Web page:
Hey hey, it's the fans who want the Monkees in the Rock Hall

AP file

The Monkees

As this year’s edition of the Rock and Roll Hall of Fame induction ceremony gets underway on Saturday, April 14, the focus won’t be so much on who is being inducted but who isn’t: the Monkees. It took the death of Davy Jones to bring the scattershot grumblings of pop music writers and Monkees believers to a feverish pitch. The general feeling seems to be that the band needs to be inducted now, if not sooner.

Sure, the 1960s group may have been put together by a pair of television producers as a made-for-TV band, the reasoning goes. But despite that, they made a lot of great singles and albums, sold tons of records and even eventually took control of their music. And as for the once-scandalous fact that studio musicians played on their records? Well, as everyone later learned, studio musicians also played on records by the Beach Boys, the Byrds and other bands, and that didn’t wreck their credibility.

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The Monkees - I'm a Believer

Beyond that, Monkees hits such as “Last Train to Clarksville," “I’m a Believer,” “Pleasant Valley Sunday” and “Daydream Believer” are enduring records that are staples of oldies radio (“Daydream Believer” even edged into the Top 100 when it was re-released in 1986). As the years have passed, the stigma of the group’s bubble-gum image and lack of alleged “integrity” has been replaced with a respect for the classic music they made.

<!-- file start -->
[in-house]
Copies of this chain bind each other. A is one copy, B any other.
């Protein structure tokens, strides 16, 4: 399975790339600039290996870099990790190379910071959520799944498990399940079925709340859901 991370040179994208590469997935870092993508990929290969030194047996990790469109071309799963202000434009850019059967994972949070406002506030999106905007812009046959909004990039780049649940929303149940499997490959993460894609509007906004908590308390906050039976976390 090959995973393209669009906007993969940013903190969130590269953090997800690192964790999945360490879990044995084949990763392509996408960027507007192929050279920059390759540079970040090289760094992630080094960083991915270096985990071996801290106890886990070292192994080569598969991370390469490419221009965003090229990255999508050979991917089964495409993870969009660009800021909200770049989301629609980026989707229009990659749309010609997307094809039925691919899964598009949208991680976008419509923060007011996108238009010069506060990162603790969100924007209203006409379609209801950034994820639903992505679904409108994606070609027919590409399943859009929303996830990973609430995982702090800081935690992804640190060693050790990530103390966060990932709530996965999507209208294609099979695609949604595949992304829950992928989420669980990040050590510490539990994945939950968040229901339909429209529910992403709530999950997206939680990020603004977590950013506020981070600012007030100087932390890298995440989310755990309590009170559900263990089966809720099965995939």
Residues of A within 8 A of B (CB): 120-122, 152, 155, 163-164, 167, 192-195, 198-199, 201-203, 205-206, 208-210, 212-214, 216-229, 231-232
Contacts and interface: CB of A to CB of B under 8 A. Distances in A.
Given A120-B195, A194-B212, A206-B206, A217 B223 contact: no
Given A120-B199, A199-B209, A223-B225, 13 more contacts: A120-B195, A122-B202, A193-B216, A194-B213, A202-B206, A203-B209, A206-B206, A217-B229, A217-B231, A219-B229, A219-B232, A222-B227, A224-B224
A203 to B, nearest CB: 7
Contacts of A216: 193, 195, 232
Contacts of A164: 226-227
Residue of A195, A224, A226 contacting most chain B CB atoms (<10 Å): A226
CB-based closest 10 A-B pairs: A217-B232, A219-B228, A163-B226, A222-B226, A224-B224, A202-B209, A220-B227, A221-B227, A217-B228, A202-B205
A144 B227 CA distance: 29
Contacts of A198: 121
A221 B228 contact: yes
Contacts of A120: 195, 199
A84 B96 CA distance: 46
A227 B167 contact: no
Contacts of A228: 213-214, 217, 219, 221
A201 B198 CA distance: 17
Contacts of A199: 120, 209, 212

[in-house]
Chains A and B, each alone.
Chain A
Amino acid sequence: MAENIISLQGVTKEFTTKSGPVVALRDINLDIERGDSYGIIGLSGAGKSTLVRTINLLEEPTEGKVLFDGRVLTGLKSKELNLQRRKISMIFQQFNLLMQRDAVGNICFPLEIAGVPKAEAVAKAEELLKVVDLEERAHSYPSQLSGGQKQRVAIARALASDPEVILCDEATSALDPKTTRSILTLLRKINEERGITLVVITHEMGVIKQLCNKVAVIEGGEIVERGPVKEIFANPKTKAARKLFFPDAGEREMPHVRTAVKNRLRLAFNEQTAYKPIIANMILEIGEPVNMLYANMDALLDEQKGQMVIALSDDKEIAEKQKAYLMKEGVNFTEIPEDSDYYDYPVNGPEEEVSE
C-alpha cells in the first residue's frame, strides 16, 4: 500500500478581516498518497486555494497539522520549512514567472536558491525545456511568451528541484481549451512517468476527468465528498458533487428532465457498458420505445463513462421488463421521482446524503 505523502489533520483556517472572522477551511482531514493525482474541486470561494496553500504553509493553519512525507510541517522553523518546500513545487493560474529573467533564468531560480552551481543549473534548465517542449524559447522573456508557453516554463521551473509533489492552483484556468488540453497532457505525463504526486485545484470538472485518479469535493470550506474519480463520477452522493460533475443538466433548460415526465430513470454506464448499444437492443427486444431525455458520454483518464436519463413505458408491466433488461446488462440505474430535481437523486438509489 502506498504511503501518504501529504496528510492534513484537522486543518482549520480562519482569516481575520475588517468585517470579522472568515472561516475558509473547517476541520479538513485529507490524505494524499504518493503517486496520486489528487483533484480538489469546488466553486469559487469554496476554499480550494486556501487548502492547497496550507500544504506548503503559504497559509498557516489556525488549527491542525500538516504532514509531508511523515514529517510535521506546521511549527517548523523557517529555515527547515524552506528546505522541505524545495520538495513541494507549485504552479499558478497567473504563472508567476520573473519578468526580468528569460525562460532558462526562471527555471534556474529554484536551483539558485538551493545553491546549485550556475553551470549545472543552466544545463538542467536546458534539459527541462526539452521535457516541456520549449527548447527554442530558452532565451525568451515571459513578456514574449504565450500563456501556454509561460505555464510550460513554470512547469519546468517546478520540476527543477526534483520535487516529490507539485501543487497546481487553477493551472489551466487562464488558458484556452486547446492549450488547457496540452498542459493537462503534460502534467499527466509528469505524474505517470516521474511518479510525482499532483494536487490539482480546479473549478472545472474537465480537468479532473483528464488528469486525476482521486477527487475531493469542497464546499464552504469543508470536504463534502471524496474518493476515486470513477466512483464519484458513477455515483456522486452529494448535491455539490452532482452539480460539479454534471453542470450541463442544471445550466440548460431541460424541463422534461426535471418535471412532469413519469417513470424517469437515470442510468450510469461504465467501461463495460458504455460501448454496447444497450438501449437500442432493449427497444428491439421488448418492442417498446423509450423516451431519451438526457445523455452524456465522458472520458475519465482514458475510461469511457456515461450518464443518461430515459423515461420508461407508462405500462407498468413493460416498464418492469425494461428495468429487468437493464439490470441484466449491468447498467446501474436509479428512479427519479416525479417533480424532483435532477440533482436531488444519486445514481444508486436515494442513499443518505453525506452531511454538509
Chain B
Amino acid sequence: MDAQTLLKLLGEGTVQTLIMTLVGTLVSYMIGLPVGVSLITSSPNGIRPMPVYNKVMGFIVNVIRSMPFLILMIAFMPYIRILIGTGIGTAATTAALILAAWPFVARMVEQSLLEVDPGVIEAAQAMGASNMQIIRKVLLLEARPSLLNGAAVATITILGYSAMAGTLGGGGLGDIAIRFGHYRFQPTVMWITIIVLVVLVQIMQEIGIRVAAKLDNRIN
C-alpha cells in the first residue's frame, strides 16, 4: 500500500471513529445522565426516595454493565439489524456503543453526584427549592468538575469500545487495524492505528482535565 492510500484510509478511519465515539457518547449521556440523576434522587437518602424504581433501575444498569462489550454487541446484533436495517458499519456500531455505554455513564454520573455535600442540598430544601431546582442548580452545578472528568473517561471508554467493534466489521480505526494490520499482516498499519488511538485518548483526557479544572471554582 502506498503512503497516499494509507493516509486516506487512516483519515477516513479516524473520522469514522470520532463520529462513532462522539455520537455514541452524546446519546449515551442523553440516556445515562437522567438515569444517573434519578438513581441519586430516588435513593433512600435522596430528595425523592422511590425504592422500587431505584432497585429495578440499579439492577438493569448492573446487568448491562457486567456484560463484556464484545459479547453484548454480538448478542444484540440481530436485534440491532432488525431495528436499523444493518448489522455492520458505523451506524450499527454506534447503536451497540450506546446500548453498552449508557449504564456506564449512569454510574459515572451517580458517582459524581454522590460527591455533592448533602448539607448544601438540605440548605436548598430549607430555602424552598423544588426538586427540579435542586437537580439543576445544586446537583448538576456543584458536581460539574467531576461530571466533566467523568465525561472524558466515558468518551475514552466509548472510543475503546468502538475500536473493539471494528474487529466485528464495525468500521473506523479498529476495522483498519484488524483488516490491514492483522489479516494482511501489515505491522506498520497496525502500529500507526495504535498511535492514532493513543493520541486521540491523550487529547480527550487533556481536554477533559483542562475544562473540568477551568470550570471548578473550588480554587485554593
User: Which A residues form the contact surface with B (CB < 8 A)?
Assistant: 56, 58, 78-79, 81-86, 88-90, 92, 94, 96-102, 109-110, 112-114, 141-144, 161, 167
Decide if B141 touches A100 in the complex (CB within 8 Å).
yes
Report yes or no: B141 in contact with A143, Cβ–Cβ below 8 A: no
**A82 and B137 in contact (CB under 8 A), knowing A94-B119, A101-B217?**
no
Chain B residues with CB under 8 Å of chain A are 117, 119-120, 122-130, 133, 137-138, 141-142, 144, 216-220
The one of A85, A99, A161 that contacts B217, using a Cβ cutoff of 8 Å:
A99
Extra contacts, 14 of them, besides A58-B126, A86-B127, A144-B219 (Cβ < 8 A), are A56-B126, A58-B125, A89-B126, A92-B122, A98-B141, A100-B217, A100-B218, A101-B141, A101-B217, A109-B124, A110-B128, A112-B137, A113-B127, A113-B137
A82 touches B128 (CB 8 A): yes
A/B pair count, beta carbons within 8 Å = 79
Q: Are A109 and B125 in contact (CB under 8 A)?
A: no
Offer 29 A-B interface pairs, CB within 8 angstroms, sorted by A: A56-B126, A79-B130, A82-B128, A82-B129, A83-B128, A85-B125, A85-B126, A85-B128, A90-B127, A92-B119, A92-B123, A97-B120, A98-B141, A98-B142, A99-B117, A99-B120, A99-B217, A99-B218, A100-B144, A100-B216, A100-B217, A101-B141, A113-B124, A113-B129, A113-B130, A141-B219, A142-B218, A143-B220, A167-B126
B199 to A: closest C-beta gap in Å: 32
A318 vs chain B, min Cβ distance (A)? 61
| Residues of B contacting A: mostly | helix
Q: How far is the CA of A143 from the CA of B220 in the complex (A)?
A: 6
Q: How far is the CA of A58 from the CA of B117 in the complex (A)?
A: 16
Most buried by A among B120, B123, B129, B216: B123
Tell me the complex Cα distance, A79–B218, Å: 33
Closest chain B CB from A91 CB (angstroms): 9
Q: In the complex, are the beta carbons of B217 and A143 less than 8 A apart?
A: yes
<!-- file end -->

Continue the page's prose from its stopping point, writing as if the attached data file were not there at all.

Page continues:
And so Monkees fans have drawn up an online petition to get the band inducted (at last count nearly 25,000 people had signed). The country’s best known magazine devoted to record collecting, Goldmine, regularly runs opinion pieces testifying that the group is Hall-worthy. On the Rock’s Backpages site, writer Barry Pig Gold wondered if there was a conspiracy to keep the group out of the Hall.

After Jones’ passing, NPR’s Marc Hirsh penned an impassioned tribute to the group that asked the musical question “NOW can we induct the Monkees into the Rock and Roll Hall of Fame?” In the National Review Online, Mark Goldblatt questioned the Monkees’ Rock Hall absence and the validity of the Hall itself. When you have two Web sites from opposite ends of the political spectrum both championing a group, that’s a pretty good sign consensus has reached a peak.

The death of Davy Jones, which warranted a People magazine cover, proved that people really still care about the Monkees. But do the critics and music industry veterans who make up the Rock Hall’s voting bloc care as well? Time will tell.

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